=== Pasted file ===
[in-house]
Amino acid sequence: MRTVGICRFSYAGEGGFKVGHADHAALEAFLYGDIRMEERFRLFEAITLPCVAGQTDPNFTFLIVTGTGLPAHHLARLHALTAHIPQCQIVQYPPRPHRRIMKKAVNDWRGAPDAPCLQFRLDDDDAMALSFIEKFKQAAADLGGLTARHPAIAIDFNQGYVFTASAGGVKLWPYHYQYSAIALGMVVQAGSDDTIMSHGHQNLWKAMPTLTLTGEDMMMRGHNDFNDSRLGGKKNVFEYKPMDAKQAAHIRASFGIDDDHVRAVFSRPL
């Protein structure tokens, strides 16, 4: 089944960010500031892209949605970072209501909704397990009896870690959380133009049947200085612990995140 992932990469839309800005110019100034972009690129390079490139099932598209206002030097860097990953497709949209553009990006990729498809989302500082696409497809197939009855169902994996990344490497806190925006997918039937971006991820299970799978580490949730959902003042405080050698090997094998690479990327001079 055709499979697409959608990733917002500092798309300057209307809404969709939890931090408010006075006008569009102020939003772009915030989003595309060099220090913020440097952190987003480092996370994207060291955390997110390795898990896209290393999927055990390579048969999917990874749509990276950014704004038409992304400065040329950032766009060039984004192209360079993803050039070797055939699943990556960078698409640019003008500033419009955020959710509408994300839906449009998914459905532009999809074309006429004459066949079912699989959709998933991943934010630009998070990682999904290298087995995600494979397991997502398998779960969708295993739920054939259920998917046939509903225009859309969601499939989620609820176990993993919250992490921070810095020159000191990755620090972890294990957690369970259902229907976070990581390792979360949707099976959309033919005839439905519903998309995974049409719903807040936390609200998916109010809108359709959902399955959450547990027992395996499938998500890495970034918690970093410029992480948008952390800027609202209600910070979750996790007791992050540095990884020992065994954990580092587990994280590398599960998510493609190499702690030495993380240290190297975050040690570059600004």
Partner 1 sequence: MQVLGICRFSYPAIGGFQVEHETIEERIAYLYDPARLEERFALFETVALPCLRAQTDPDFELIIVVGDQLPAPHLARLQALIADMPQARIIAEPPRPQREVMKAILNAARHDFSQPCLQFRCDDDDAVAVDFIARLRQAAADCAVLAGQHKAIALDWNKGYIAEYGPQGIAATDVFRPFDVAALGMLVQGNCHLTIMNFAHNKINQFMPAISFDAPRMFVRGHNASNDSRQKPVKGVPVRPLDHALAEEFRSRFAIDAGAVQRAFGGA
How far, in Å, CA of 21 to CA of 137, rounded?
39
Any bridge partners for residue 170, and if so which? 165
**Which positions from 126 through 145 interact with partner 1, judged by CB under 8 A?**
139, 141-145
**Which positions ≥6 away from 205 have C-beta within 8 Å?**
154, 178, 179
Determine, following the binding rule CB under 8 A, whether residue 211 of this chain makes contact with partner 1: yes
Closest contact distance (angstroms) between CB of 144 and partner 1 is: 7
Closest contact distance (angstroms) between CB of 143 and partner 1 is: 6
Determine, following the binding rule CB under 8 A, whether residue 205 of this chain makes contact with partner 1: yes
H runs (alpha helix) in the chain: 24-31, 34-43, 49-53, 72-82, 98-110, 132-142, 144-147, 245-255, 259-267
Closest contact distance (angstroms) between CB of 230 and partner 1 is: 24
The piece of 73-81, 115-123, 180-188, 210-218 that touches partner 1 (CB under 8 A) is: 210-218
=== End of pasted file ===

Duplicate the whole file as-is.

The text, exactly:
[in-house]
Amino acid sequence: MRTVGICRFSYAGEGGFKVGHADHAALEAFLYGDIRMEERFRLFEAITLPCVAGQTDPNFTFLIVTGTGLPAHHLARLHALTAHIPQCQIVQYPPRPHRRIMKKAVNDWRGAPDAPCLQFRLDDDDAMALSFIEKFKQAAADLGGLTARHPAIAIDFNQGYVFTASAGGVKLWPYHYQYSAIALGMVVQAGSDDTIMSHGHQNLWKAMPTLTLTGEDMMMRGHNDFNDSRLGGKKNVFEYKPMDAKQAAHIRASFGIDDDHVRAVFSRPL
């Protein structure tokens, strides 16, 4: 089944960010500031892209949605970072209501909704397990009896870690959380133009049947200085612990995140 992932990469839309800005110019100034972009690129390079490139099932598209206002030097860097990953497709949209553009990006990729498809989302500082696409497809197939009855169902994996990344490497806190925006997918039937971006991820299970799978580490949730959902003042405080050698090997094998690479990327001079 055709499979697409959608990733917002500092798309300057209307809404969709939890931090408010006075006008569009102020939003772009915030989003595309060099220090913020440097952190987003480092996370994207060291955390997110390795898990896209290393999927055990390579048969999917990874749509990276950014704004038409992304400065040329950032766009060039984004192209360079993803050039070797055939699943990556960078698409640019003008500033419009955020959710509408994300839906449009998914459905532009999809074309006429004459066949079912699989959709998933991943934010630009998070990682999904290298087995995600494979397991997502398998779960969708295993739920054939259920998917046939509903225009859309969601499939989620609820176990993993919250992490921070810095020159000191990755620090972890294990957690369970259902229907976070990581390792979360949707099976959309033919005839439905519903998309995974049409719903807040936390609200998916109010809108359709959902399955959450547990027992395996499938998500890495970034918690970093410029992480948008952390800027609202209600910070979750996790007791992050540095990884020992065994954990580092587990994280590398599960998510493609190499702690030495993380240290190297975050040690570059600004």
Partner 1 sequence: MQVLGICRFSYPAIGGFQVEHETIEERIAYLYDPARLEERFALFETVALPCLRAQTDPDFELIIVVGDQLPAPHLARLQALIADMPQARIIAEPPRPQREVMKAILNAARHDFSQPCLQFRCDDDDAVAVDFIARLRQAAADCAVLAGQHKAIALDWNKGYIAEYGPQGIAATDVFRPFDVAALGMLVQGNCHLTIMNFAHNKINQFMPAISFDAPRMFVRGHNASNDSRQKPVKGVPVRPLDHALAEEFRSRFAIDAGAVQRAFGGA
How far, in Å, CA of 21 to CA of 137, rounded?
39
Any bridge partners for residue 170, and if so which? 165
**Which positions from 126 through 145 interact with partner 1, judged by CB under 8 A?**
139, 141-145
**Which positions ≥6 away from 205 have C-beta within 8 Å?**
154, 178, 179
Determine, following the binding rule CB under 8 A, whether residue 211 of this chain makes contact with partner 1: yes
Closest contact distance (angstroms) between CB of 144 and partner 1 is: 7
Closest contact distance (angstroms) between CB of 143 and partner 1 is: 6
Determine, following the binding rule CB under 8 A, whether residue 205 of this chain makes contact with partner 1: yes
H runs (alpha helix) in the chain: 24-31, 34-43, 49-53, 72-82, 98-110, 132-142, 144-147, 245-255, 259-267
Closest contact distance (angstroms) between CB of 230 and partner 1 is: 24
The piece of 73-81, 115-123, 180-188, 210-218 that touches partner 1 (CB under 8 A) is: 210-218